The very first version of Hybrid Casper is now out, indicating one of ethereum’s biggest upgrade may be ready in weeks, not months.
This isn’t quite the fully finalized version, it is only 0.1, but Hybrid Casper is now clearly pretty much fully fleshed out with just crossing the t-s and dotting the i-s left to be done.
“More than just the research team is using the contract now — auditors, client devs, etc — so we wanted to start issuing clearer versioning and changelogs to help everyone stay organized,” Danny Ryan, an ethereum developer, says.
A number of academics and others are auditing the code to ensure all can be safe when it launches. While Geth and Parity, the two main ethereum clients, have now begun implementing it too.
That means hybrid casper may be out this summer if all goes well, with the release of the first version one small step towards this big milestone.
Its aim is to incrementally remove Proof of Work (PoW) miners and replace them with Proof of Stake (PoS) stakers.
Instead of electricity or hardware standing as proof that it is actually a non-fakable “person” “voting” on who has what eth to spend, once full casper launches it will be eth to be used for the purpose of preventing double spending and maintaining network consensus.
In the hybrid version, the two will co-exist for some time of around two years when a PoS difficulty bomb kicks in to complement the PoW exponential difficulty increase that kicks in after a period of time to ensure the network moves to full PoS.
During this co-existing period PoW miners will receive significantly less block rewards at just 0.6 eth per block. Down from the current 3 eth per block. While PoS stakers will receive 0.22 eth per block, bringing overall inflation down to 2%, half that of bitcoin’s current 4%.
In practical terms, staking for end users will be as easy as clicking deposit, Vitalik Buterin, Ethereum’s inventor, said at Edcon.
Some 1,500 eth will initially be needed to stake, but there will be staking pools. That will drop to 32 eth once Sharding v 0.1 goes out.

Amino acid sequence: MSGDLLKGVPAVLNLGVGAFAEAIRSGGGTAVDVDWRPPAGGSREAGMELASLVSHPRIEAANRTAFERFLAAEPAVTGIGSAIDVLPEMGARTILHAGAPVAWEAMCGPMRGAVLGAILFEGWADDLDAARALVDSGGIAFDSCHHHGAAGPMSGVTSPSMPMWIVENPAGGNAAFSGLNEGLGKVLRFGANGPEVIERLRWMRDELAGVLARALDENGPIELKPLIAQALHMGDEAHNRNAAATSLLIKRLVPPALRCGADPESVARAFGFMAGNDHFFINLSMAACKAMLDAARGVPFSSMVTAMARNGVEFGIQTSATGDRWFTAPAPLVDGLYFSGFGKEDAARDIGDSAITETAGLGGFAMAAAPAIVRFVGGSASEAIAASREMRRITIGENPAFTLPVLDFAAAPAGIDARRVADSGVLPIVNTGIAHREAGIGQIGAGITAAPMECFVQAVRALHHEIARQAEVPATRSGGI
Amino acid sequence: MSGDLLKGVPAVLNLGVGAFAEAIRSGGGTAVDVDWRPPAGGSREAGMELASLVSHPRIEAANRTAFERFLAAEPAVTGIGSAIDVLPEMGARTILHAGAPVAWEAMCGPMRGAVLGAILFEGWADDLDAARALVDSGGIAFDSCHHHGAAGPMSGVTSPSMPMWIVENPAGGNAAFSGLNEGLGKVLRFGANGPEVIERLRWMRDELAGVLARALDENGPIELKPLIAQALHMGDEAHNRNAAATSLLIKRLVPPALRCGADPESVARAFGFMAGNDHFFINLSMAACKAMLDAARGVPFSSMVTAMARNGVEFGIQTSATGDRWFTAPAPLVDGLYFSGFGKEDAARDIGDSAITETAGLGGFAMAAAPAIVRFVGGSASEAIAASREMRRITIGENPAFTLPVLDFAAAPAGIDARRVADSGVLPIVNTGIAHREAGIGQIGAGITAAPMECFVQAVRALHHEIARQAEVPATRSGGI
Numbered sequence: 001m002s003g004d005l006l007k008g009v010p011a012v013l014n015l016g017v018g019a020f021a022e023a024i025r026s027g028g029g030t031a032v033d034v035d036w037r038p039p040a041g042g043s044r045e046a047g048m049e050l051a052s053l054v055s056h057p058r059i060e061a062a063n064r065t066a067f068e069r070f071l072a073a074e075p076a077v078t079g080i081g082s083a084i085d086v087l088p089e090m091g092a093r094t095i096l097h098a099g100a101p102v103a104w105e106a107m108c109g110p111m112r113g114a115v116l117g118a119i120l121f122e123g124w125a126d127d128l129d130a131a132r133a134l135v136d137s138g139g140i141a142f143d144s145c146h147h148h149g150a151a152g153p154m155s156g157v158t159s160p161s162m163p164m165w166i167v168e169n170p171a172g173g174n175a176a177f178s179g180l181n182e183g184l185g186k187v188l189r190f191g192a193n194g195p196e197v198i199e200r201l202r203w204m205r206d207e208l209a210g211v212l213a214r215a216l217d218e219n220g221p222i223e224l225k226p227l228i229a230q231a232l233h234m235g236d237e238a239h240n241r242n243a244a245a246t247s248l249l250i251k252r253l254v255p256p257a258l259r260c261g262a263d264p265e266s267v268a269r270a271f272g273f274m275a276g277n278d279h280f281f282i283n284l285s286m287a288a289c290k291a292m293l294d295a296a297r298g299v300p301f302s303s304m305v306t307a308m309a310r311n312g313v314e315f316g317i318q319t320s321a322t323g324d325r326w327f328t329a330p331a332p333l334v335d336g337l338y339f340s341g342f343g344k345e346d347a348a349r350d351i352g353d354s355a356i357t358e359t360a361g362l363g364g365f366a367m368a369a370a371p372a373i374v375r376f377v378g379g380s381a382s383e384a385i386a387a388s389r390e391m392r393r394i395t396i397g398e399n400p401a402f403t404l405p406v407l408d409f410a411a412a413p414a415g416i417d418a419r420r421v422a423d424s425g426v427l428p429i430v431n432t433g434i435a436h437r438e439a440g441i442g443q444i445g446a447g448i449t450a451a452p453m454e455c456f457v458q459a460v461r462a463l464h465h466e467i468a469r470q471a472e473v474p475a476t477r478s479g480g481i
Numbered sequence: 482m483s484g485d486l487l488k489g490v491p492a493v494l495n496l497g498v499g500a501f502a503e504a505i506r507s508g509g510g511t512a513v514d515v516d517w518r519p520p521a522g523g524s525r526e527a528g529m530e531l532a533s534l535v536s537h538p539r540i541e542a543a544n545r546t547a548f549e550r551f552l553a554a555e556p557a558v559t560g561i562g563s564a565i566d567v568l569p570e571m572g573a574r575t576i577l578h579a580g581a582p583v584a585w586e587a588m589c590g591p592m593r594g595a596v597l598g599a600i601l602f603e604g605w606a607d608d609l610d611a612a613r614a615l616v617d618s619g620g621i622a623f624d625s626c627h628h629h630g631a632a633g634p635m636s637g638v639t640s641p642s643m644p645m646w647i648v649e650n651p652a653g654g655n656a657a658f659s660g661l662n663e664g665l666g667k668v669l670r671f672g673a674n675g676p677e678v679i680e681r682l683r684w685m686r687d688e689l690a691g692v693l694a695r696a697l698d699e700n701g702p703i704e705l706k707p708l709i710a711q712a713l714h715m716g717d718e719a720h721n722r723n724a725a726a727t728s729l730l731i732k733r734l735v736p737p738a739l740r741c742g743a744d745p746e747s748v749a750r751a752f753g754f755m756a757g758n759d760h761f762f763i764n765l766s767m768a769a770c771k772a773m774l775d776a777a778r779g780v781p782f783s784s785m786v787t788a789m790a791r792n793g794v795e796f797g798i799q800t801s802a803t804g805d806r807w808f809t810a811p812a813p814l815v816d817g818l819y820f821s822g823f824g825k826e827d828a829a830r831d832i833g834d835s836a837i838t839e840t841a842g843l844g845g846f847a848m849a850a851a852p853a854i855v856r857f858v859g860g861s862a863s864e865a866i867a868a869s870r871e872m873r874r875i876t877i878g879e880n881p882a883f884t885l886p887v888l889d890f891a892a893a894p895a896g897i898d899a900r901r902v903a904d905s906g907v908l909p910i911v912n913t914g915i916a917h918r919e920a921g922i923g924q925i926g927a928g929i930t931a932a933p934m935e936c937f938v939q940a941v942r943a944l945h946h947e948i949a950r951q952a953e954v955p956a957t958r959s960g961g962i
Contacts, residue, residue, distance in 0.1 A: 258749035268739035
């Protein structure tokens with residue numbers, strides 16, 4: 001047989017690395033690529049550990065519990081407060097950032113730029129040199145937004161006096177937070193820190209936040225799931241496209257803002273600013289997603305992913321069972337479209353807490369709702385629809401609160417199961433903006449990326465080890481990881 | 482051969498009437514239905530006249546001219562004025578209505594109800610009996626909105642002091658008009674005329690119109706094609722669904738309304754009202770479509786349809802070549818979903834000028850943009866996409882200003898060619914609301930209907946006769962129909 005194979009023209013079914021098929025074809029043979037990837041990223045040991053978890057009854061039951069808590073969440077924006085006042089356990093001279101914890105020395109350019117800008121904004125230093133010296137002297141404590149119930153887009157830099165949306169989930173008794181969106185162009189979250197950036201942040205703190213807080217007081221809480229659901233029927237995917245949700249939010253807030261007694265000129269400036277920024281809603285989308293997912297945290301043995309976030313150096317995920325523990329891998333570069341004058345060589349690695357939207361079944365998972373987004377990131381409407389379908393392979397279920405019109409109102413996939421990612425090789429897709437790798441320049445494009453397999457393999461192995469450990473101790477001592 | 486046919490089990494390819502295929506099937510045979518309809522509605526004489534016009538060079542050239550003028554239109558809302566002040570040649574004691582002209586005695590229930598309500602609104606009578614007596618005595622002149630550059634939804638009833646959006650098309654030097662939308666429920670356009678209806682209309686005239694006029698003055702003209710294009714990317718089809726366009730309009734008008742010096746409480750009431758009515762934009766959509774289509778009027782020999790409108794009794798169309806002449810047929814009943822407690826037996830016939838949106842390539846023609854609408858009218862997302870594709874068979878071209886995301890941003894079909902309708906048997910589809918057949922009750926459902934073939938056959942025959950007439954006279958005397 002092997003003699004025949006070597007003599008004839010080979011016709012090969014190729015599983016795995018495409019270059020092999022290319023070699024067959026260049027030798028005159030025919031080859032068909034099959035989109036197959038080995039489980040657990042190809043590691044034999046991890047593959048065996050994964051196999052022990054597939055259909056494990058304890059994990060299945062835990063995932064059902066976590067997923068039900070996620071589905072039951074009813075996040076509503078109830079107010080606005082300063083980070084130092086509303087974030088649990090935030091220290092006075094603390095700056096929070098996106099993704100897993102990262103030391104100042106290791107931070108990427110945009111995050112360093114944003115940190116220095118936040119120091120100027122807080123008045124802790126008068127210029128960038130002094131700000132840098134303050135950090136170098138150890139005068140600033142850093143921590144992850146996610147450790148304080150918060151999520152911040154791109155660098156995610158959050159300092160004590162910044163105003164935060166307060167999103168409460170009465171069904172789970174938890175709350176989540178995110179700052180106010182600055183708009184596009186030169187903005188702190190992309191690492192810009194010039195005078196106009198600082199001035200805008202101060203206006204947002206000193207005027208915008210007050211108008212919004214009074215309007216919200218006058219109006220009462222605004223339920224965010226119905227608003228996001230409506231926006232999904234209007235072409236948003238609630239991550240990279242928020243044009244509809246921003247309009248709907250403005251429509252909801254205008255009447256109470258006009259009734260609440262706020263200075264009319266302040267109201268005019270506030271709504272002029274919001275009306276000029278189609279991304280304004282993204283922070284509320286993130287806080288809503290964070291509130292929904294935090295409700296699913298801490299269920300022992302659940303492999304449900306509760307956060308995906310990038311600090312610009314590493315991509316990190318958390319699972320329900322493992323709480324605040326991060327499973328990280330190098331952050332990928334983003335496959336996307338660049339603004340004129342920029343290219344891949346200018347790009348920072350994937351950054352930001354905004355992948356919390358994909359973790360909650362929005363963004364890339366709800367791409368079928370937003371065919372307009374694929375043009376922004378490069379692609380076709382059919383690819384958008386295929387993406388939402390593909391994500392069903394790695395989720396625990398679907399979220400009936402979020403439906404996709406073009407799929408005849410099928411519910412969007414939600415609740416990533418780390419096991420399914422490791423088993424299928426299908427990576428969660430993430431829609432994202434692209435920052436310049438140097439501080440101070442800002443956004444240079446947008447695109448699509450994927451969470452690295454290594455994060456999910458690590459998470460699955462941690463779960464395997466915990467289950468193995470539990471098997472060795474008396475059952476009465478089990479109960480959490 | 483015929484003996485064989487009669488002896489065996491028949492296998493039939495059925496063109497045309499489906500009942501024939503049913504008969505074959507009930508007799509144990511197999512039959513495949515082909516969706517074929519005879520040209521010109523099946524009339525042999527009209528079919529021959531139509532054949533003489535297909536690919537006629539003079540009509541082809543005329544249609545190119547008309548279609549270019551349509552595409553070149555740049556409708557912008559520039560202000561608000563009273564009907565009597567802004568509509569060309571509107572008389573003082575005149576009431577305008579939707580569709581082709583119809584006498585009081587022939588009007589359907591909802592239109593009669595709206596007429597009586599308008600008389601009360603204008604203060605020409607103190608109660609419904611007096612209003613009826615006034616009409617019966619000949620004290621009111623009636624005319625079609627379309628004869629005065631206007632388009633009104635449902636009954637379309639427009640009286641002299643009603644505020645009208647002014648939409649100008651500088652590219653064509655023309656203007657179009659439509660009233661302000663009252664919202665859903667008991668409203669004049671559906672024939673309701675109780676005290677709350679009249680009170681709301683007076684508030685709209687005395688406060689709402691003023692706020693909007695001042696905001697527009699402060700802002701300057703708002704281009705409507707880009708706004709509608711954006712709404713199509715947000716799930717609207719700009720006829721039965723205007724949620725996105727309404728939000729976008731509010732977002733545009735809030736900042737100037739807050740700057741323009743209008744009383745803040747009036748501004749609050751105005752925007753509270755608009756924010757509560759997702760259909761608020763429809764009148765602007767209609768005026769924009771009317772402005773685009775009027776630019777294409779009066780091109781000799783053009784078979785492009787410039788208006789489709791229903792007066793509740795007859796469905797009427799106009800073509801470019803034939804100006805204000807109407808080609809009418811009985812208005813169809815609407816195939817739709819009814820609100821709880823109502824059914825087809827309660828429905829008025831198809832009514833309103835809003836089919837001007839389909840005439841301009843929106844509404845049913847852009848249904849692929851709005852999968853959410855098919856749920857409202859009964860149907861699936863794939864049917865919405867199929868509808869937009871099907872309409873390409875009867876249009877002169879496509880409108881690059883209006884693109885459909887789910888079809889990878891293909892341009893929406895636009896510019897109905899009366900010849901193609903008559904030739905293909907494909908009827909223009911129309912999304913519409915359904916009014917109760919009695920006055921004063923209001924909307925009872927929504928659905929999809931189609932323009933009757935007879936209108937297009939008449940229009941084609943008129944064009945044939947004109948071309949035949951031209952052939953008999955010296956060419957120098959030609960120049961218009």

There is some risk in staking, but if it is a problem with just one staker then the risks appear fairly small at just a potential loss of 2% of the stake in extreme circumstances or if they misbehave. If, however, others misbehave at the same time, the punishment can become very painful very quickly to the point of all the stake being lost.
Which is why it is important to go against the crowd when designing the staking gear. Unlike in PoW where a big pool means predictable rewards, in PoS a big pool means a potential risk of losing 100%, while a small pool might mean a risk of losing just 2%.
That’s why you want to do what others aren’t doing, or you want to use systems others aren’t using, or generally you want to go against the crowd and do things differently, because punishment depends on not just whether you are misbehaving or whether your hardware accidentally does something wrong, but also on whether that applies to others.
If not, and it is just you, then no one really cares, but if it is say 10% of others at the same time, the system can get very angry very quickly.
The point of all of it is securing the network so that eth isn’t copyable, but as far as the staker is concerned the point of it is to get the estimated 5% yearly reward.
Estimated because it depends on how many others are staking. If 2.5 million eth, then it’s 10%, if 10 million it’s at 5% and if 40 million, which would be quite incredible as it would be nearly half of all eth, then it’s at “only” 2.5%.
We say “only” because the best comparison for staking rewards is really dividends. Now that’s a very imperfect comparison for many reasons (so get off SEC), but a savings account comparison is even more imperfect as the initial stake itself in a savings account, say the $1,000, does not grow in value and become worth say $10,000 while not accounting for the interest itself.
Buying a stock might mean its value grows, and it usually does at around 8% a year, but here in eth you would have a dividend of 5% of actual eth on top of however much eth’s value itself might grow against gold or house prices or the printed like there is no tomorrow fiat dollars.
Final point here is that if anything goes wrong no one should be surprised. All has been done to ensure or at least minimize the chances of something going wrong, but man will never be perfect so there might be some bug somewhere.
In which case it would only be temporary. It is code, you just delete the bug or you fix it and we’re done, up and running like nothing happened Nakamoto style after 1 trillion bitcoin were printed out in 2010 and he made them vanish just like that.
This upgrade has been anticipated for a long time. Once it launches eth will become something more refined. A bit cleaner, a bit greener, a bit more efficient, and a bit of a milestone.